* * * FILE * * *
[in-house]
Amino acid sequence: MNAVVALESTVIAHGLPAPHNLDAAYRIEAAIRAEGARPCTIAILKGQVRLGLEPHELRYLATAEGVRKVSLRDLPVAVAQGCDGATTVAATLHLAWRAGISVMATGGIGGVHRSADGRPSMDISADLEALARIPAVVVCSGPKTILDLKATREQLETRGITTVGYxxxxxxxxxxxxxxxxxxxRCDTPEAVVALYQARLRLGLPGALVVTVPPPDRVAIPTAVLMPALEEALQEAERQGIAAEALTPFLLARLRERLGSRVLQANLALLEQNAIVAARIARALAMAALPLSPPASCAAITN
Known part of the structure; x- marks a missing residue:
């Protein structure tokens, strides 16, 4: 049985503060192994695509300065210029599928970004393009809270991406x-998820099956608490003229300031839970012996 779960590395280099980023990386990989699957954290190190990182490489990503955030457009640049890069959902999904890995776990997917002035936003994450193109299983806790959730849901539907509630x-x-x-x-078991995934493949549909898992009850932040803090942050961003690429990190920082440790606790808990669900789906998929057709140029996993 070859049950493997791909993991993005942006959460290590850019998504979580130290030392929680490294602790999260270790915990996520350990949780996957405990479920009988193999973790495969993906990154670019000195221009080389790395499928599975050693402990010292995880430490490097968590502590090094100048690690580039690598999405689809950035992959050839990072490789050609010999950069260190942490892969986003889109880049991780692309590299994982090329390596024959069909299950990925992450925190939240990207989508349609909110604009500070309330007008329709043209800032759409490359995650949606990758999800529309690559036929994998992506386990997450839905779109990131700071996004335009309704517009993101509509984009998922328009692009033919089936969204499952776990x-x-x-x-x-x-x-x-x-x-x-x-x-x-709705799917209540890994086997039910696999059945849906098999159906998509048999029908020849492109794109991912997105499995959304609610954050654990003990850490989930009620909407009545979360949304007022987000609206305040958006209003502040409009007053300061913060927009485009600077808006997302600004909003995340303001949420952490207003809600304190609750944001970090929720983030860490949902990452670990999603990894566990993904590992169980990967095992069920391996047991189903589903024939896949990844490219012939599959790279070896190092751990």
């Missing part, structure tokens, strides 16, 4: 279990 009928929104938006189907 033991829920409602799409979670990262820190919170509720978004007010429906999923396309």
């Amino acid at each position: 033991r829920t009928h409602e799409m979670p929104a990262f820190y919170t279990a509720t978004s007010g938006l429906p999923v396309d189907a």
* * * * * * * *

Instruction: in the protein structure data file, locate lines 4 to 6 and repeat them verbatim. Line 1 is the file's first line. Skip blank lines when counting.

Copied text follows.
């Protein structure tokens, strides 16, 4: 049985503060192994695509300065210029599928970004393009809270991406x-998820099956608490003229300031839970012996 779960590395280099980023990386990989699957954290190190990182490489990503955030457009640049890069959902999904890995776990997917002035936003994450193109299983806790959730849901539907509630x-x-x-x-078991995934493949549909898992009850932040803090942050961003690429990190920082440790606790808990669900789906998929057709140029996993 070859049950493997791909993991993005942006959460290590850019998504979580130290030392929680490294602790999260270790915990996520350990949780996957405990479920009988193999973790495969993906990154670019000195221009080389790395499928599975050693402990010292995880430490490097968590502590090094100048690690580039690598999405689809950035992959050839990072490789050609010999950069260190942490892969986003889109880049991780692309590299994982090329390596024959069909299950990925992450925190939240990207989508349609909110604009500070309330007008329709043209800032759409490359995650949606990758999800529309690559036929994998992506386990997450839905779109990131700071996004335009309704517009993101509509984009998922328009692009033919089936969204499952776990x-x-x-x-x-x-x-x-x-x-x-x-x-x-709705799917209540890994086997039910696999059945849906098999159906998509048999029908020849492109794109991912997105499995959304609610954050654990003990850490989930009620909407009545979360949304007022987000609206305040958006209003502040409009007053300061913060927009485009600077808006997302600004909003995340303001949420952490207003809600304190609750944001970090929720983030860490949902990452670990999603990894566990993904590992169980990967095992069920391996047991189903589903024939896949990844490219012939599959790279070896190092751990």
């Missing part, structure tokens, strides 16, 4: 279990 009928929104938006189907 033991829920409602799409979670990262820190919170509720978004007010429906999923396309």
């Amino acid at each position: 033991r829920t009928h409602e799409m979670p929104a990262f820190y919170t279990a509720t978004s007010g938006l429906p999923v396309d189907a």